It is strange to read A Tale of Two Cities by Charles Dickens (1812-1870) and see the ongoing media coverage of Charlottesville, controversies over and vandalism of Confederate monuments, and the divisions in American society becoming only sharper. I say “strange” because the story that Dickens tells is a reminder that despite our science, our technology, our educational attainments, and the growth of knowledge, our human condition remains stubbornly the same.
The first and last time I read the book was in my sophomore year of high school. Our English class dutifully carried around the paperback edition published by Dell (the publisher, not the computer maker) with a yellow-orange cover. It’s one of Dickens’s shorter works, but to 10th grade boys, it still looked like a lot of fat book to read. Some in our class found the Cliff Notes version of the book, while others got their hands on the Classics Illustrated comic book edition. A few of us read the book itself.
And until I recently reread it, I’d forgotten what a wonderful story it is. Published in 1859, A Tale of Two Cities is one of Dickens’s later novels, which had the advantage of being written from a coherent outline. His earlier books, like Oliver Twist and Pickwick Papers, were written for magazine serialization without the benefit of the author knowing from the outset where the story was going. And it is a major reason why his later novels remain some of the most powerful works in literature – he knew from the beginning where the story was going to end.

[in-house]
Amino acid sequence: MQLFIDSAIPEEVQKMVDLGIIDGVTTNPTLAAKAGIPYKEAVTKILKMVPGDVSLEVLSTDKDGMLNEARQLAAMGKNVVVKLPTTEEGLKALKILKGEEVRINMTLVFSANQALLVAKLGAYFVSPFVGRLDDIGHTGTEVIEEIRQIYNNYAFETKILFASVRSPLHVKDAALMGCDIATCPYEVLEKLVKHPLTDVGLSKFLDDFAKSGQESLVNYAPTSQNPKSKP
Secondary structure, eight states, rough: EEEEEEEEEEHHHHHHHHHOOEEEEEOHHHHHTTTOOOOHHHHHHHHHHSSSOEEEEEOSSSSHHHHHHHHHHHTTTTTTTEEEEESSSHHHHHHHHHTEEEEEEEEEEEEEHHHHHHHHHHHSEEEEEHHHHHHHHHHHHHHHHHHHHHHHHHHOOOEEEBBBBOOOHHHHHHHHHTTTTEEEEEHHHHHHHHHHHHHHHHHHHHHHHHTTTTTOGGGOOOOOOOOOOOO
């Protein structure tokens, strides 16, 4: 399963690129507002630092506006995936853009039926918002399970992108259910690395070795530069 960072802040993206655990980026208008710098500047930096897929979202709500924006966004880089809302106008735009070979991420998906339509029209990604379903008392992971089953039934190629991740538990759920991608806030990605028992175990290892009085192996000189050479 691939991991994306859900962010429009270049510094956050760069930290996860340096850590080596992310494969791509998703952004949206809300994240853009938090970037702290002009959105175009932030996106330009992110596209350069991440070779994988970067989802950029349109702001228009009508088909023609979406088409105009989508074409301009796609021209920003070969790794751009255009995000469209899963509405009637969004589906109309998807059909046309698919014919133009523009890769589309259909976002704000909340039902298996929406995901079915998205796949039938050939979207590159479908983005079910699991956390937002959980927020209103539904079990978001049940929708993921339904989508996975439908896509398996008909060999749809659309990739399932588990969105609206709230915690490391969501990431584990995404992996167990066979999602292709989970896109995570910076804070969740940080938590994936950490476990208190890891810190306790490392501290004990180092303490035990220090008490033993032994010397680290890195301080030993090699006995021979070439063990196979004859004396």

To continue reading, please see my post today at Tweetspeak Poetry.
Illustration: Madame Defarge in the wine shop, one of the illustrations by Hablot Knight Browne (“Phiz”) for A Tale of Two Cities.